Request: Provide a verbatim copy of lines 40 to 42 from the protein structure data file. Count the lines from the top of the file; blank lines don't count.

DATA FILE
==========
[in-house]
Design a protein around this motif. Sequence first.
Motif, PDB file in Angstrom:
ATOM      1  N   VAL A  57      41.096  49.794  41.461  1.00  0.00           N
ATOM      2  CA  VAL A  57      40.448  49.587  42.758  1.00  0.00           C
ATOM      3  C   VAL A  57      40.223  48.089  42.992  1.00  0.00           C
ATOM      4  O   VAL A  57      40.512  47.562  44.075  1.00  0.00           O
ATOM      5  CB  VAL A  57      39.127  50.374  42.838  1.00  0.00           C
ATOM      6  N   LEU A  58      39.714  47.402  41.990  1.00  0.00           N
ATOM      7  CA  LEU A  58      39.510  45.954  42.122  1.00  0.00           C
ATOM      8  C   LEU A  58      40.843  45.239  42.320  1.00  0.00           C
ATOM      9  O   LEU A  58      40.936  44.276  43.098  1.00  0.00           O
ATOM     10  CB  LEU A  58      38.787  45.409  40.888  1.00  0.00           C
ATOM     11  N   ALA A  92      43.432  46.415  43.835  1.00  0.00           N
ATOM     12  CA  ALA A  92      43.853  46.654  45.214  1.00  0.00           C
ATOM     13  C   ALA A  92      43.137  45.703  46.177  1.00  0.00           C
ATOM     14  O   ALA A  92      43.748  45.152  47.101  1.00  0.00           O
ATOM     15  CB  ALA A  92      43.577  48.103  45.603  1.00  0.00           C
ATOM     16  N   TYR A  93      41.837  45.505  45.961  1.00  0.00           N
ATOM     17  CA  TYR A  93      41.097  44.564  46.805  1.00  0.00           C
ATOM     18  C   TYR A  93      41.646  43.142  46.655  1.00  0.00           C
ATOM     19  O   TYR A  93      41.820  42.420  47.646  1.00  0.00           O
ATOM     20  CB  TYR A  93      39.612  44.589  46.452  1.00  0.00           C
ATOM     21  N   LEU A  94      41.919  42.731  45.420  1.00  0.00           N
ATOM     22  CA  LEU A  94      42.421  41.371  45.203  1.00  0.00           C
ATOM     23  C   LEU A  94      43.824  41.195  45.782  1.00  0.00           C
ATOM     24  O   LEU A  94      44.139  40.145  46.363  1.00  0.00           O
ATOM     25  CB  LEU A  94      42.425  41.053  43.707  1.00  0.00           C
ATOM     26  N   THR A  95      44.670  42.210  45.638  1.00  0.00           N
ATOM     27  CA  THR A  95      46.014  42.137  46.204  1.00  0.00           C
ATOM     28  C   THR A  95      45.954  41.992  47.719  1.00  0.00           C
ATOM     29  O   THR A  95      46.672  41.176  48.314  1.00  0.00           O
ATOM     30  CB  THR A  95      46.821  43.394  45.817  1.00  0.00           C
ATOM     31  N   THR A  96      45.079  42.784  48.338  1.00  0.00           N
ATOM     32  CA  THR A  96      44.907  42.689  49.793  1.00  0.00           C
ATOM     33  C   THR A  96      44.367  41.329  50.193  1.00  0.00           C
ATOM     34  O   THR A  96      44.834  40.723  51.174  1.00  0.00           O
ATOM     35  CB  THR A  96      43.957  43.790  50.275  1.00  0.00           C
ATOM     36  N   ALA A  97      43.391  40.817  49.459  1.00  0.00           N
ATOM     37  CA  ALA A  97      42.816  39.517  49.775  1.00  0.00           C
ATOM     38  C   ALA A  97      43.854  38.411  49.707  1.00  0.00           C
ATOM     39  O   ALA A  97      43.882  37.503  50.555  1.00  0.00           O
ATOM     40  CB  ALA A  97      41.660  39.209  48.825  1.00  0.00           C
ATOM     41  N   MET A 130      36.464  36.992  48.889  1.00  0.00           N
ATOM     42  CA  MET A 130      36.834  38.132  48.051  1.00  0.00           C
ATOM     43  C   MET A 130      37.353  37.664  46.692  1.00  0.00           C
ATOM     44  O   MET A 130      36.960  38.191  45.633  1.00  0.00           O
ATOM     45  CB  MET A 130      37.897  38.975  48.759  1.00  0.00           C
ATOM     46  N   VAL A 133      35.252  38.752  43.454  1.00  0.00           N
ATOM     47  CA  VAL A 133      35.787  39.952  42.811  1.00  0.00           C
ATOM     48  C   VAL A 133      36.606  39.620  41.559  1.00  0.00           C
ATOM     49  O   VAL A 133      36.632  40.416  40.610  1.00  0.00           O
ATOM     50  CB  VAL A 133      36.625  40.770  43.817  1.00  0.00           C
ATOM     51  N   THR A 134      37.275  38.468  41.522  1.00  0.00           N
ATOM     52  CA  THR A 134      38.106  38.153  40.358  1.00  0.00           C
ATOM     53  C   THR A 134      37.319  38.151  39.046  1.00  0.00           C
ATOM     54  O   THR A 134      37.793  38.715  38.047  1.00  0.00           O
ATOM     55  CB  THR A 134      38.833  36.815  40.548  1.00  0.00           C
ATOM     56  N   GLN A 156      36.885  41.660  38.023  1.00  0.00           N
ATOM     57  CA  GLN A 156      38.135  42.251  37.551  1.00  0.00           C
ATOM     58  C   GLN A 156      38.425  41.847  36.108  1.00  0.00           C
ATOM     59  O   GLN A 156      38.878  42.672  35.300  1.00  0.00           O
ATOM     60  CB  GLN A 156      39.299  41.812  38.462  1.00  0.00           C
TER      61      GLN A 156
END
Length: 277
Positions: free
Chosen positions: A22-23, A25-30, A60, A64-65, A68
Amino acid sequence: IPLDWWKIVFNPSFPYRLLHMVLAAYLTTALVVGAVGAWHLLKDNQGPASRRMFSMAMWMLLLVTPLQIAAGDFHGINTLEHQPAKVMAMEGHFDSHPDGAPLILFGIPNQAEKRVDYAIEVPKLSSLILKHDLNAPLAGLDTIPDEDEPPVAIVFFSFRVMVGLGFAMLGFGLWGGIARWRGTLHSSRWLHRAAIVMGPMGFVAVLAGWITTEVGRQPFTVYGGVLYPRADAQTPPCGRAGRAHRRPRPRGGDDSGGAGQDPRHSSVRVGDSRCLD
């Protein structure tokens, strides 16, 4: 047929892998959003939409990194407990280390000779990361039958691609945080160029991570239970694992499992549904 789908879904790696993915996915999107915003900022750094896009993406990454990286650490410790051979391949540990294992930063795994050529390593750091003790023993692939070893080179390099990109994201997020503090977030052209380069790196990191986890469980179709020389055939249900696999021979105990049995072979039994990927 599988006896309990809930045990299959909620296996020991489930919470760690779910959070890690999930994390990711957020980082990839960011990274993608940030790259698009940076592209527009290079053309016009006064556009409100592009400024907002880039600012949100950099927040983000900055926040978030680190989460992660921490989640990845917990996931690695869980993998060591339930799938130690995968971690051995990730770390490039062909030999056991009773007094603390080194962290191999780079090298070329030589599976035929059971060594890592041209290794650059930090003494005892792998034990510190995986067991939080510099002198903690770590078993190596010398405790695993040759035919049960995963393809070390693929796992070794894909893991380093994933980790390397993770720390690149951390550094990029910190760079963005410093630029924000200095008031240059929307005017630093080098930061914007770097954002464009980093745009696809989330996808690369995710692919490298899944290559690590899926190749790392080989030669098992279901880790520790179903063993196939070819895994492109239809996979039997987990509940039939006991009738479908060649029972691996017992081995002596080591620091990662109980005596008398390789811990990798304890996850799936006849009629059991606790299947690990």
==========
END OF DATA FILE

ATOM     37  CA  ALA A  97      42.816  39.517  49.775  1.00  0.00           C
ATOM     38  C   ALA A  97      43.854  38.411  49.707  1.00  0.00           C
ATOM     39  O   ALA A  97      43.882  37.503  50.555  1.00  0.00           O